To get the most out of your money, think about how much you want to save. Instead of piling up large amounts of cash, opening a savings account will allow you to be financially ready for unexpected emergencies. Having a savings account with M C Bank can help you easily manage your daily expenses and divert any remaining cash in a short amount of time.
Review and automate your savings
It is key to come up with a plan, and then to stick with it. There is a difference between making a budget and saving money: the former only plans for how you will spend your cash, while the latter puts said cash in an account that is unreachable for expenses. As far as money-saving automation is concerned, I'm sure anyone who has tried to save up for a special item will tell you that it's challenging. Sometimes even the best of us can't help but go spend some cash on something frivolous and unnecessary. When this occurs, it's good to have something set up so you won't forget about your savings goals, and this is the saving automation we are talking about.
Review the progress made on financial goals
Every year, most people set financial goals. When you review the progress made on your goals, it is easier to stay motivated and committed to achieving them. The following steps will help you review the status of your financial goals: 1) Review each goal that you have written down to see how far along they are today. 2) If you feel like you are behind on a goal, make sure to set up an action plan to get you back on track. 3) When setting financial goals, make sure that the goals that you initially come up with are realistic. For example, having a goal to have $1,000 saved by the end of the month might seem achievable at first, but it is not very likely. Aim for goals that are challenging, but still reasonable.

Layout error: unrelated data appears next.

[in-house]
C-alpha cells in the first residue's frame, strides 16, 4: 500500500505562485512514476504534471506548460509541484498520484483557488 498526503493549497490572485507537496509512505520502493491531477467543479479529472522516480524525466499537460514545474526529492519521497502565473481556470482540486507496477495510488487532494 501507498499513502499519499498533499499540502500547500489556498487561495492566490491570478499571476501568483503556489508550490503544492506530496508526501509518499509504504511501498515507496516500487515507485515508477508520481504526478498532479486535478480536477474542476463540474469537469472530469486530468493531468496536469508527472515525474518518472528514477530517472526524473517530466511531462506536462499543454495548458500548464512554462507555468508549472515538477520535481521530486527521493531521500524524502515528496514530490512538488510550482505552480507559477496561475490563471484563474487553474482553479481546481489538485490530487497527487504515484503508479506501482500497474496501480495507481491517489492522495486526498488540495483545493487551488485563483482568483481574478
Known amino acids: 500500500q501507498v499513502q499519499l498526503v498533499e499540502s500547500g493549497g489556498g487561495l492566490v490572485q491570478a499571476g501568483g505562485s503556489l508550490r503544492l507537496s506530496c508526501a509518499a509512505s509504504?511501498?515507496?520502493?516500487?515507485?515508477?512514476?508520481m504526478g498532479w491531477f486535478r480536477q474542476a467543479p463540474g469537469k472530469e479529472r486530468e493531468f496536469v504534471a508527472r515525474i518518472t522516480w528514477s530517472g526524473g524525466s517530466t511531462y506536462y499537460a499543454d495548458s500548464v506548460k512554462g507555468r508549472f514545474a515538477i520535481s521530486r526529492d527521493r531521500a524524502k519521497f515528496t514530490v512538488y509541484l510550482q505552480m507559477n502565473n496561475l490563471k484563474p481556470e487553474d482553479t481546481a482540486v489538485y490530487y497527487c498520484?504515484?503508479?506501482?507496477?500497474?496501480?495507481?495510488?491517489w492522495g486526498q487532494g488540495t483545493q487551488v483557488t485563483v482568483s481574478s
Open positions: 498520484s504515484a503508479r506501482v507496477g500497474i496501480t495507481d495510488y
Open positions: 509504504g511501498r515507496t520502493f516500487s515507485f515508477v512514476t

An investment means that you are putting your money into something where it grows over time, and you get a return on it. Generally investing is done through saving, except for investments where growth is instant, but guaranteed. Think of anything where people invest their time & effort, like the stock market, working for someone, or starting a business. When people go to work and do their job to be paid for doing so, that's an investment: They are putting their time and effort into something where they expect a future return on it, i.e., a paycheck, that they can then use to pay their monthly expenses, buy things or, invest it. It’s good to review your investments at the end of the year to identify where you stand in relation to the goals you’ve set.
A budget is a plan of how you will spend your money each paycheck or month. It consists of income, expenses, and also how much you have left for savings. A review of your budget looks at how well it’s working balancing your income and expenditures. This needs to be done regularly as well as you need to make sure that your business is not spending more than it has coming in. By tracking how much money is going in and coming out each month, you get a very clear picture of what you’re financially capable of doing each year.
Tackling your yearly budget involves two simple steps:
• Review your budget for the past year
• Use it to build a budget for next year
During a budget review, both the income and expenses need to be looked at carefully. If your income is greater than your expenditures then this means that there will be savings (and vice versa).